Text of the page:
Plan to expand quarry raises concerns

Plan to expand quarry raises concerns
Published: 02 March 2007

A cement company’s plan to expand a quarry in Richmond Township has raised concerns about losing farmland and the effect on Moselem Creek. Allentown-based Lehigh Cement Co. barely uses a limestone quarry on 206 acres its owns along Eagle Road in Richmond. But the company hopes to use the quarry there full time in addition to a facility in Maidencreek Township. Lehigh Cement project man ager Dennis G. Wanner said the company doesn’t want to wait until the Maidencreek quarry is emptied. "In our business, you have to plan 10, 20 years in advance, he said after a Richmond Township Planning Commission meeting Monday night. The land is in an agricultural zone, so Lehigh Cement needs approval from the Richmond planners and zoning hearing board to expand the quarry. The land is a working farm, and some planning commission members said it should stay that way.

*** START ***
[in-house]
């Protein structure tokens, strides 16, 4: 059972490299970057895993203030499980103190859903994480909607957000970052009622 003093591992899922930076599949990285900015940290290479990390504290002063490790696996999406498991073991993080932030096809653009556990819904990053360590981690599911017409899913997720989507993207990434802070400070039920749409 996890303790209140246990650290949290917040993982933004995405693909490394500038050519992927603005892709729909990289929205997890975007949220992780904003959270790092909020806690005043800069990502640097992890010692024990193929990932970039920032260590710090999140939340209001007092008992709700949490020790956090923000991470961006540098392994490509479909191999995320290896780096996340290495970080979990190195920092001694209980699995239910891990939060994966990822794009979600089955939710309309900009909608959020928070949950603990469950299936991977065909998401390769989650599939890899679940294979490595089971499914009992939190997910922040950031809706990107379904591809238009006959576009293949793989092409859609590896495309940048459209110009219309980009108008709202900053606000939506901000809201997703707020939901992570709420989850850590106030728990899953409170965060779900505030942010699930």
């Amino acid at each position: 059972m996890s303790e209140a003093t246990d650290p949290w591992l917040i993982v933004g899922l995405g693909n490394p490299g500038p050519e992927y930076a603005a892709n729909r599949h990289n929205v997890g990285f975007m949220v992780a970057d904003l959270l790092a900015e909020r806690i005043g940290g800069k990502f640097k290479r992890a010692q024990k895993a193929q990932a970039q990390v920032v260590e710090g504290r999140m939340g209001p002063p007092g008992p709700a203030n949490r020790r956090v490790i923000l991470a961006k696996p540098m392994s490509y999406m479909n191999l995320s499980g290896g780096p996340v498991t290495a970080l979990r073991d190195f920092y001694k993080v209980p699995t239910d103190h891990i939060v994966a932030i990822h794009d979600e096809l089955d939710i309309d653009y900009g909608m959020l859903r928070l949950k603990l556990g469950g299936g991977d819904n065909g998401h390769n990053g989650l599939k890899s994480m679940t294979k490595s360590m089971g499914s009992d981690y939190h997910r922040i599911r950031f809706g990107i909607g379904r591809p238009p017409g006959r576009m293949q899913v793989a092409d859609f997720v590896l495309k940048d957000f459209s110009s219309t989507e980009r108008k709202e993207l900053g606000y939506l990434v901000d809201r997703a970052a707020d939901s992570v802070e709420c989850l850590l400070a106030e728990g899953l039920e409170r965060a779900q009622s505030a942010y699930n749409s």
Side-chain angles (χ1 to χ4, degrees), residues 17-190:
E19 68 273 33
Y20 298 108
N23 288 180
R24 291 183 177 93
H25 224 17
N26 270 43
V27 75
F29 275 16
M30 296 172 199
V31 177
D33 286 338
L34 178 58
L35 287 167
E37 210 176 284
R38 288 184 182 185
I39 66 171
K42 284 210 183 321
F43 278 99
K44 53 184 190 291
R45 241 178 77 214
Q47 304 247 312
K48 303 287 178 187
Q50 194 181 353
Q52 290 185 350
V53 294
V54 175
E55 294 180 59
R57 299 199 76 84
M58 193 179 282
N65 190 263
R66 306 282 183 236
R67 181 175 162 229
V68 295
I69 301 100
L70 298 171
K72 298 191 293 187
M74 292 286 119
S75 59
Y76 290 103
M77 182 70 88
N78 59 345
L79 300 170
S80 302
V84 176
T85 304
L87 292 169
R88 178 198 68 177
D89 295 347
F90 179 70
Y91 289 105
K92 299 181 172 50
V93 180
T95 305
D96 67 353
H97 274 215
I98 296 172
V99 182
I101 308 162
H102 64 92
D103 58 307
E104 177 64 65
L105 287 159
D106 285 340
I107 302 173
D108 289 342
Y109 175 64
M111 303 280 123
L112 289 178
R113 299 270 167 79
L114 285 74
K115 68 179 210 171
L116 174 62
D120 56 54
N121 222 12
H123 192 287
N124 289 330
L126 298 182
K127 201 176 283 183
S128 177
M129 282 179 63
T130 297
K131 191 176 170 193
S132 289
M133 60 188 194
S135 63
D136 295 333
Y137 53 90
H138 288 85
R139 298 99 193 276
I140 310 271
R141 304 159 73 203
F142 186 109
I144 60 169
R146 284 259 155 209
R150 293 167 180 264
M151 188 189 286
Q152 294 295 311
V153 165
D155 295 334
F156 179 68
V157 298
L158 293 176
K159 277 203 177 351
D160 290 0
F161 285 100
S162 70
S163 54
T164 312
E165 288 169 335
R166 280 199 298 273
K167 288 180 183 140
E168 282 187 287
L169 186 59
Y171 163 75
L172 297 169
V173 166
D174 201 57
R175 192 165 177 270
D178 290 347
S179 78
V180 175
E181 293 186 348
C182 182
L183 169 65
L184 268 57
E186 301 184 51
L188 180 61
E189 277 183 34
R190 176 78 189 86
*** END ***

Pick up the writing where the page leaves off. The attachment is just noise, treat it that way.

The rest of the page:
"Allowing the expansion of the existing quarry is not in the best interests of Richmond Township or the majority of residents," Chairman David P. Bascelli said. "The Lehigh Cement land is located on prime agricultural land." The planning commission voted 3-2 for a resolution to stand behind engineering firm LTL Consultants, Oley Township, which has cautioned against Lehigh Cement’s expansion and the possible effect the mining could have on Moselem Creek. And if the zoning hearing board allows mining, the planners want to have some say in placing conditions on the operation. Commission members Sheree Combs and Ken Schlegel cast the dissenting votes. "We can’t let emotions, even though that’s part of this, get in the way," Combs said before the vote. Schlegel said the planning commission’s job is to make sure Lehigh Cement goes through the approval process properly. "Every one of us has used concrete and live in concrete houses," he said. "That’s a fact of life." Planning commission member Linda Partridge proposed several conditions, including requiring Lehigh Cement to periodically test water in Moselem Creek, use trees as a buffer to neighborhood homes and plan for reclaiming the area when the quarry is depleted. A zoning hearing on Lehigh Cement’s plan is set for March 27. A time and location will be announced. The hearing was postponed Feb. 13 because of bad weather.